I am afflicted (to varying degrees) with depression, insomnia, underemployment, and Rapture of the Future; allergic to perfumes, pollen, authority and good advice.
I was once fluent in Esperanto, French and Tourist Italian.
I can also count to ten in Spanish, Latin, German, Russian, Japanese, Elvish; recite the alphabet in Greek and Hebrew; transliterate Devanāgarī and Tengwar.
Tamfang, in case you were wondering, is intended as Elvish for copper beard.
The first element is attested (so far as I know) only in a footnote to an early version of The Chaining of Melko; but the later canonical word for copper is less euphonious, so I choose to assume that a cognate of tambe survived east of the Misty Mountains (where copper-bearded Men were most likely to be found).
I may someday have to change it to Nimfang.
In February 2020 someone used TAMFANG for "Tesla Amazon Microsoft Facebook Apple Netflix Google", but it wasn't me.
User:Tamfang/blazons (in sporadic progress) is a collection of blazons of "good" coats of arms – i.e., consistent with my notions of heraldic style – found in Wikipedia, so that I can find them when I want an illustration of a given feature.
User:Tamfang/QC cast is a count of appearances of each character (above a threshold) in Questionable Content, started in response to a dispute about who are the "major" characters worth listing in the article.
User:Tamfang/Stuart is a list of legitimate descendants of King James VI&I who were alive at some point between the flight of James II (1688) and the death of Queen Anne (1714), in the normal order of succession. See Act of Settlement 1701 for context. I chose those dates as convenient boundaries to the succession crisis.
This list is potentially endless, but it's my peeves, not yours.
Hm, should I spin off this section to a subpage?
Too many articles begin with A framistan is a term that refers to ... A name refers to a thing, but a thing is not its name and does not refer to itself; it is itself. See WP:REFER.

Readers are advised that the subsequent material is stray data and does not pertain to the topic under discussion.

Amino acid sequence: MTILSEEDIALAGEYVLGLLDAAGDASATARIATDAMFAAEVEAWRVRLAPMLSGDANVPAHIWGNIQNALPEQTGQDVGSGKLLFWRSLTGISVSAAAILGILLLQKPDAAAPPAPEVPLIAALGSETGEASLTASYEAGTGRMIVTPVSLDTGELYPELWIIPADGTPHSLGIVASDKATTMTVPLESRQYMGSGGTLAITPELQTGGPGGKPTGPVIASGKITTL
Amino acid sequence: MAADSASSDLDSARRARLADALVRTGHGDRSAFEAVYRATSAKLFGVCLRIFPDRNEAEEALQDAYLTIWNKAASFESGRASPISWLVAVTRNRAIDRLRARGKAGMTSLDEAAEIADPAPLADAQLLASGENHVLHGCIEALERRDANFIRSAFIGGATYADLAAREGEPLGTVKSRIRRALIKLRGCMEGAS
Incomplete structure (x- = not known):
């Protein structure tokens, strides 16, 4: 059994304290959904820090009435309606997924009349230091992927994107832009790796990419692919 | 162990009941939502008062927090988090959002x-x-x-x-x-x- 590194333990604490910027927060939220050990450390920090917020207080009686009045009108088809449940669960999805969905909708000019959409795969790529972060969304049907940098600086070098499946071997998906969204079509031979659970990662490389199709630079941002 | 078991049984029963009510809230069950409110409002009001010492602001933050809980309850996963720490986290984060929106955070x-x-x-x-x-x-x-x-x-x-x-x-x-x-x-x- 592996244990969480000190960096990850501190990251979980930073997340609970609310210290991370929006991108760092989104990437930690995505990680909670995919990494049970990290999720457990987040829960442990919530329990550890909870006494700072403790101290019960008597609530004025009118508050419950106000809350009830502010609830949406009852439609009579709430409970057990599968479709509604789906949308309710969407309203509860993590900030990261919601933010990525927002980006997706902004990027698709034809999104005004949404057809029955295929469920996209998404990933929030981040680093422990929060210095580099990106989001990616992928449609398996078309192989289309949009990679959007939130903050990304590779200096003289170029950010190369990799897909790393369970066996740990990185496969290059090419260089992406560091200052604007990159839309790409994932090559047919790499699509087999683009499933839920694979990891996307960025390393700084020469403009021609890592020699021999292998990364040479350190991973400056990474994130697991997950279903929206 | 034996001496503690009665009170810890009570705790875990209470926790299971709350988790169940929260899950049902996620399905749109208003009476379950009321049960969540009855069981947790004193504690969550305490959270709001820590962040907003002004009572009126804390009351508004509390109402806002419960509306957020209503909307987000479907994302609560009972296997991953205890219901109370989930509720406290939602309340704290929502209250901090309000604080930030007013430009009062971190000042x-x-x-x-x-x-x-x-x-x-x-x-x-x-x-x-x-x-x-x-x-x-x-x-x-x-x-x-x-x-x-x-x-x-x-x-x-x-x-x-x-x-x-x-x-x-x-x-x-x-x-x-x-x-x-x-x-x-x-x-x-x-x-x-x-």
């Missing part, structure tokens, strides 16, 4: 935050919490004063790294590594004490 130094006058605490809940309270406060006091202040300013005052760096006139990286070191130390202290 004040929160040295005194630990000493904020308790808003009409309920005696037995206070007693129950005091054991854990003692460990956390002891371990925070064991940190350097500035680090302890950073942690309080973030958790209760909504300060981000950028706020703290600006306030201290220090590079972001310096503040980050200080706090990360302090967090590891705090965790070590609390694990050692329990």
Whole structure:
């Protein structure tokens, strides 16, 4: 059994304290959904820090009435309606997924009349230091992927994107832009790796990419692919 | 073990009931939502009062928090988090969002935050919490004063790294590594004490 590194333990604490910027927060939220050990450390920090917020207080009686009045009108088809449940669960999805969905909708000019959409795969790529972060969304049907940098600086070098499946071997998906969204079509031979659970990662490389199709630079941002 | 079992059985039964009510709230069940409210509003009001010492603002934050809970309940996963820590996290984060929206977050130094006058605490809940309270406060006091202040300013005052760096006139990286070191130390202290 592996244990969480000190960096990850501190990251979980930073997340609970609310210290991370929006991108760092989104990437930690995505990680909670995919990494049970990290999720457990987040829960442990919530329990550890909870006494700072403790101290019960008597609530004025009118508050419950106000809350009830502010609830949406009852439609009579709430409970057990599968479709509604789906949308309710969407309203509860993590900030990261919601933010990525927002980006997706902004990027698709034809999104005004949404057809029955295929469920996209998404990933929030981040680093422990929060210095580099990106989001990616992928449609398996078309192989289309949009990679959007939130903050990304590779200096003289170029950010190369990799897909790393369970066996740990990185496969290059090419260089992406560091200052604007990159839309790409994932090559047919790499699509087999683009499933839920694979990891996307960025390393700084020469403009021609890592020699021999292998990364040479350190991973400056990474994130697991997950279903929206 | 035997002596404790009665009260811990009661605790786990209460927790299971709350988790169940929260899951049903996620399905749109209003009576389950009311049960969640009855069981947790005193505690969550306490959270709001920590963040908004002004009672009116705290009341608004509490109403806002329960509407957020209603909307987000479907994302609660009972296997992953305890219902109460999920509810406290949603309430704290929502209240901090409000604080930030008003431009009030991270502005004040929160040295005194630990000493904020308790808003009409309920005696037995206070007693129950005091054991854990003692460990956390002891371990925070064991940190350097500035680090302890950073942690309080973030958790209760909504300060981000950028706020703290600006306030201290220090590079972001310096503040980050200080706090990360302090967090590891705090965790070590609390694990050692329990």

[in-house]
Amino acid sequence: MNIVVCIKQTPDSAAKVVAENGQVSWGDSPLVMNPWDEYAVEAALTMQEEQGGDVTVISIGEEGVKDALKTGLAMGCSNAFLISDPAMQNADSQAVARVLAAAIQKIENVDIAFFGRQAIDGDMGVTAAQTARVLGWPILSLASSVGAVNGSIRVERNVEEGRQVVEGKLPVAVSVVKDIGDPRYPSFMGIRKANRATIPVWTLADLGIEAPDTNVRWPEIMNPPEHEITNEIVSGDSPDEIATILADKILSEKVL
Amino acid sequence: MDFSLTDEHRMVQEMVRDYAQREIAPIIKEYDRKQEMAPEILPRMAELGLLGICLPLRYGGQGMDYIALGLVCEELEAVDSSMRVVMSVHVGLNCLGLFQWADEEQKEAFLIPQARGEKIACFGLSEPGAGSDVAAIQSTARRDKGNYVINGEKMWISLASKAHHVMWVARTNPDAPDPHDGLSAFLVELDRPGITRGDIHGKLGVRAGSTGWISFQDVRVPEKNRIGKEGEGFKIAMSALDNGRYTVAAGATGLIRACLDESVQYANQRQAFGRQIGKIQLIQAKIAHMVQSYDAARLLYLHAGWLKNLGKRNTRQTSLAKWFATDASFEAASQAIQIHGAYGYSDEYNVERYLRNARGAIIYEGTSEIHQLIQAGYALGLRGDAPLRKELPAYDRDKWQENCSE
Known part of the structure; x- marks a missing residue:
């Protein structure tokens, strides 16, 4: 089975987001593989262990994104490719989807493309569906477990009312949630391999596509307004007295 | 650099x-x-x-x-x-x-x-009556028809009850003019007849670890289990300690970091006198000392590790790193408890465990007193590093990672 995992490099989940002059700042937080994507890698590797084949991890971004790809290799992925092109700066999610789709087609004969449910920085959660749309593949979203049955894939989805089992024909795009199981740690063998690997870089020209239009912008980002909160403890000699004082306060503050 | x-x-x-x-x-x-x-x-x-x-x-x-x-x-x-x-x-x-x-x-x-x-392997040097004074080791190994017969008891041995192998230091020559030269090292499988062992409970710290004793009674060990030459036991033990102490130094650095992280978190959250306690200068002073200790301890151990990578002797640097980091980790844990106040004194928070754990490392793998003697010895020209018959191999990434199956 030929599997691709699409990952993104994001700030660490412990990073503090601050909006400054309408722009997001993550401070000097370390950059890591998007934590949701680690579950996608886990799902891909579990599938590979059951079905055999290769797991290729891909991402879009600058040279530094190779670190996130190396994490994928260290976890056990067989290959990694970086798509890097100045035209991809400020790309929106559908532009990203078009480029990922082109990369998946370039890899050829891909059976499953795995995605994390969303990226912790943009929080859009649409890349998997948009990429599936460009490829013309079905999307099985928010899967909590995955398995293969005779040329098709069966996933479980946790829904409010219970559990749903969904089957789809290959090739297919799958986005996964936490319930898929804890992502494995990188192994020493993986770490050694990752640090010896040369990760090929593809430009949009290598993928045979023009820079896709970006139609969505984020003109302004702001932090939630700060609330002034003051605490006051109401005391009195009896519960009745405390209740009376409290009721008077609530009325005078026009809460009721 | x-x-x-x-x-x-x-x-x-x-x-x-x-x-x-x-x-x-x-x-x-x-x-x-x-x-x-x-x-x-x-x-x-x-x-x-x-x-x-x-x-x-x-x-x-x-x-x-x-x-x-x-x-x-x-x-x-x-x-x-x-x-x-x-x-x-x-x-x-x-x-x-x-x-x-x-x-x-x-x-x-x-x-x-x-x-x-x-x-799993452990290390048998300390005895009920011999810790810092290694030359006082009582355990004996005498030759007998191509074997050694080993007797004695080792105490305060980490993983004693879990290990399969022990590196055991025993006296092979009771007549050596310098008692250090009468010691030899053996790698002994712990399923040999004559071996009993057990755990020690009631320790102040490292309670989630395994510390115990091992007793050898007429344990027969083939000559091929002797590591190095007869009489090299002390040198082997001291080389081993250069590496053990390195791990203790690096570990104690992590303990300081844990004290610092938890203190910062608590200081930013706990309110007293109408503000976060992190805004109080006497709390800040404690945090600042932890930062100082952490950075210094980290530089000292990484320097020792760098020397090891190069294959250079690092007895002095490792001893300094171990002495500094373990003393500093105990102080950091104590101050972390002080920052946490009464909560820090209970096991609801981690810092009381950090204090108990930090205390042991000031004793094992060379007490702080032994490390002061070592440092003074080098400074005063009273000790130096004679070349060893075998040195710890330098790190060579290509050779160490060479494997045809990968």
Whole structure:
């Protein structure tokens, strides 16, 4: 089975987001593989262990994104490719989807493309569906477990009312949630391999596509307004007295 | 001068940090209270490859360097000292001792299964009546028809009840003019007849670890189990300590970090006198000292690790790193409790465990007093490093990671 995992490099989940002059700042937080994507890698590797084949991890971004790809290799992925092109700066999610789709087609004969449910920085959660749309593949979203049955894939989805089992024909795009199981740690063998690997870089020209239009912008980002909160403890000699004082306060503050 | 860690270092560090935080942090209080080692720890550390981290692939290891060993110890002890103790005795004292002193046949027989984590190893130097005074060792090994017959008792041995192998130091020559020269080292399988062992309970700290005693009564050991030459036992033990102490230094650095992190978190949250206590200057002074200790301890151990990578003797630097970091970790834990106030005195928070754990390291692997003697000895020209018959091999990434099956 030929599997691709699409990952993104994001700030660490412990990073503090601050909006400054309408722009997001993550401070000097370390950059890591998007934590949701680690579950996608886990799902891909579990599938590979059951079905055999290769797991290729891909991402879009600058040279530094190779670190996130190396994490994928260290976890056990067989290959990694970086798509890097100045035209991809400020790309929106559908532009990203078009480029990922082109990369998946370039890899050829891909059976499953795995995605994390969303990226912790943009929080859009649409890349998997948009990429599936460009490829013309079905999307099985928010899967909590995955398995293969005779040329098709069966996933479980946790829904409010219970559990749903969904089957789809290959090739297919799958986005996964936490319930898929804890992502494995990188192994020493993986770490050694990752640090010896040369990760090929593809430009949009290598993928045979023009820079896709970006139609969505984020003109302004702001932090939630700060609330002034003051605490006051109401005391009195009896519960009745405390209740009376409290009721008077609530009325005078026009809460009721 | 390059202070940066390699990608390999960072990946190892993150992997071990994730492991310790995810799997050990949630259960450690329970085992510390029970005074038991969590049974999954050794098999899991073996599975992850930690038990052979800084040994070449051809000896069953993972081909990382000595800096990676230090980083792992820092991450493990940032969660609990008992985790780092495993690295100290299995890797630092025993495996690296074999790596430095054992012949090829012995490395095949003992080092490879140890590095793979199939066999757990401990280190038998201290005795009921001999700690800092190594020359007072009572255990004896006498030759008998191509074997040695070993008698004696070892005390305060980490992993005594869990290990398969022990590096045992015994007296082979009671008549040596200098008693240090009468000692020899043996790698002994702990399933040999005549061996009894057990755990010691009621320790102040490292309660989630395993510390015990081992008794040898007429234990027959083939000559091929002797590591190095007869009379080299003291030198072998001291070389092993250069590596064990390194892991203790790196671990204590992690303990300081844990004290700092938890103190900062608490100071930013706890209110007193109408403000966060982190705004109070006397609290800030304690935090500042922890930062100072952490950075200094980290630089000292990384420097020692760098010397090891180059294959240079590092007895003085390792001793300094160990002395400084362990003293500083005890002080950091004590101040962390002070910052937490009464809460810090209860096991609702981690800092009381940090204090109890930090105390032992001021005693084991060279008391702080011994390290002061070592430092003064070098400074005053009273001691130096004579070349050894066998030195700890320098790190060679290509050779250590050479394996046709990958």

A sentence containing the fact that can nearly always be made shorter and clearer.
A parenthetical comma sets off an explanatory insertion, and the insertion needs to be bounded on both sides. Otherwise the insertion, which can be quite tangential, seems to be more closely related to the rest of the sentence than the thing it explains.
An example of the danger: He is currently married to Datin Seri Panglima Datuk Raya Erom (born 1963), an ethnic Kadazandusun woman of Lotud descent from Tuaran since 18 December 1984 … If she is from Tuaran since 1984, where was she from before then?
as such is rarely used correctly; it is not a full synonym of thus or therefore. Correct: I am an adult citizen and as such [i.e., as an adult citizen] I have a right to vote.
as with — Could the main clause be reworded so that with [subject] makes sense? If not, stick with like. (I imagine that people who misuse as with do it because they were scolded about misusing like; compare . . . and I.) Here is a silly example I just made up:
Can we omit Jodie and turn this into a meaningful sentence containing "with me"?
in terms of — just don't, okay? It has a meaning in the hard sciences, but popularly it seems to mean "I can't be bothered to choose a preposition."
refer to and describe are not synonyms. To refer to X as Z is to use Z as a substitute reference for X; this may implicitly describe X as Z, as in:
You can vote for me, or you can vote for a crook.
but the relation is not symmetric. This sentence:
That movie with Rick and Ilsa is the best movie ever!
refers toCasablanca as "that movie with Rick and Ilsa" and describes it as "the best movie ever".
comprise and compose are (approximately) reciprocal, not synonyms. New York City is composed of five boroughs; New York City comprises five boroughs. See also User:Giraffedata/comprised of.
false precision — Don't write $176 billion as $176,000,000,000.00; even if each of those zeroes is accurate (which is unlikely), it does the reader no good to have to count them.
Percentage notation is generally not called for if you're talking about fewer than 100 of something. If you say fifty percent when you mean half, you're asking the audience to do extra mental work for no benefit.
Similarly, is increased 1900% more informative than increased twentyfold ?
seven-year anniversary — The correct phrase is seventh anniversary. An anniversary is when the year (anno) completes a turn (versu). It follows that there cannot be a six-month anniversary; call it a sixth mensiversary (or first semi-anniversary) if you don't mind being suspected of cleverness.
How come you never hear of a 21-year birthday? — Hardly ever. Since writing that, I have seen it once or twice.